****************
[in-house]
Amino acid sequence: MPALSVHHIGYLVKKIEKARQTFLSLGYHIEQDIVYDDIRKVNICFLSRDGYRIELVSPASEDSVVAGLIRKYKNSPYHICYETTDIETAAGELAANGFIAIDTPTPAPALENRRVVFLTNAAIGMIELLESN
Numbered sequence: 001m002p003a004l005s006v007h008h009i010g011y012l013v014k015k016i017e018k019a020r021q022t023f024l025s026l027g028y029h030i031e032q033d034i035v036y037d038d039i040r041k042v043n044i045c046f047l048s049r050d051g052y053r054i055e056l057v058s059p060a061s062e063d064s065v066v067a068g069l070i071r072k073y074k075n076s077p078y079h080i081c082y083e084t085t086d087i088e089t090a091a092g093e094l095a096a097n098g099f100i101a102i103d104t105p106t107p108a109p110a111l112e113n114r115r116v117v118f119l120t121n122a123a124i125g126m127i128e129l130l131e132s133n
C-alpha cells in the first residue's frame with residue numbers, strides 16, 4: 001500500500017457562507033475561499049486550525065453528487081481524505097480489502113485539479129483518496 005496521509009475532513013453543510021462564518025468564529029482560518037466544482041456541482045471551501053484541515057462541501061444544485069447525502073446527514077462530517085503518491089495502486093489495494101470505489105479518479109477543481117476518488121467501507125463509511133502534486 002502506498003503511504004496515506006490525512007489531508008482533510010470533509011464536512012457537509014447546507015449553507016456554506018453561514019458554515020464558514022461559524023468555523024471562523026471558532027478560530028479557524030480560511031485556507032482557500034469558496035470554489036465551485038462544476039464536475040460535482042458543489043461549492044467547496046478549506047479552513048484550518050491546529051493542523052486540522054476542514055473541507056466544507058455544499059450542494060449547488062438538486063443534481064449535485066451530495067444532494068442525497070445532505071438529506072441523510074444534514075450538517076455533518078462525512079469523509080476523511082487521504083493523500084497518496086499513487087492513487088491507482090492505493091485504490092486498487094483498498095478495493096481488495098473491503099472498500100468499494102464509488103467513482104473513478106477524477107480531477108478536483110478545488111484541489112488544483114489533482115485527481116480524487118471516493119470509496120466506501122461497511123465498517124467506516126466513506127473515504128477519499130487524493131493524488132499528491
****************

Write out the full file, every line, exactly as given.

[in-house]
Amino acid sequence: MPALSVHHIGYLVKKIEKARQTFLSLGYHIEQDIVYDDIRKVNICFLSRDGYRIELVSPASEDSVVAGLIRKYKNSPYHICYETTDIETAAGELAANGFIAIDTPTPAPALENRRVVFLTNAAIGMIELLESN
Numbered sequence: 001m002p003a004l005s006v007h008h009i010g011y012l013v014k015k016i017e018k019a020r021q022t023f024l025s026l027g028y029h030i031e032q033d034i035v036y037d038d039i040r041k042v043n044i045c046f047l048s049r050d051g052y053r054i055e056l057v058s059p060a061s062e063d064s065v066v067a068g069l070i071r072k073y074k075n076s077p078y079h080i081c082y083e084t085t086d087i088e089t090a091a092g093e094l095a096a097n098g099f100i101a102i103d104t105p106t107p108a109p110a111l112e113n114r115r116v117v118f119l120t121n122a123a124i125g126m127i128e129l130l131e132s133n
C-alpha cells in the first residue's frame with residue numbers, strides 16, 4: 001500500500017457562507033475561499049486550525065453528487081481524505097480489502113485539479129483518496 005496521509009475532513013453543510021462564518025468564529029482560518037466544482041456541482045471551501053484541515057462541501061444544485069447525502073446527514077462530517085503518491089495502486093489495494101470505489105479518479109477543481117476518488121467501507125463509511133502534486 002502506498003503511504004496515506006490525512007489531508008482533510010470533509011464536512012457537509014447546507015449553507016456554506018453561514019458554515020464558514022461559524023468555523024471562523026471558532027478560530028479557524030480560511031485556507032482557500034469558496035470554489036465551485038462544476039464536475040460535482042458543489043461549492044467547496046478549506047479552513048484550518050491546529051493542523052486540522054476542514055473541507056466544507058455544499059450542494060449547488062438538486063443534481064449535485066451530495067444532494068442525497070445532505071438529506072441523510074444534514075450538517076455533518078462525512079469523509080476523511082487521504083493523500084497518496086499513487087492513487088491507482090492505493091485504490092486498487094483498498095478495493096481488495098473491503099472498500100468499494102464509488103467513482104473513478106477524477107480531477108478536483110478545488111484541489112488544483114489533482115485527481116480524487118471516493119470509496120466506501122461497511123465498517124467506516126466513506127473515504128477519499130487524493131493524488132499528491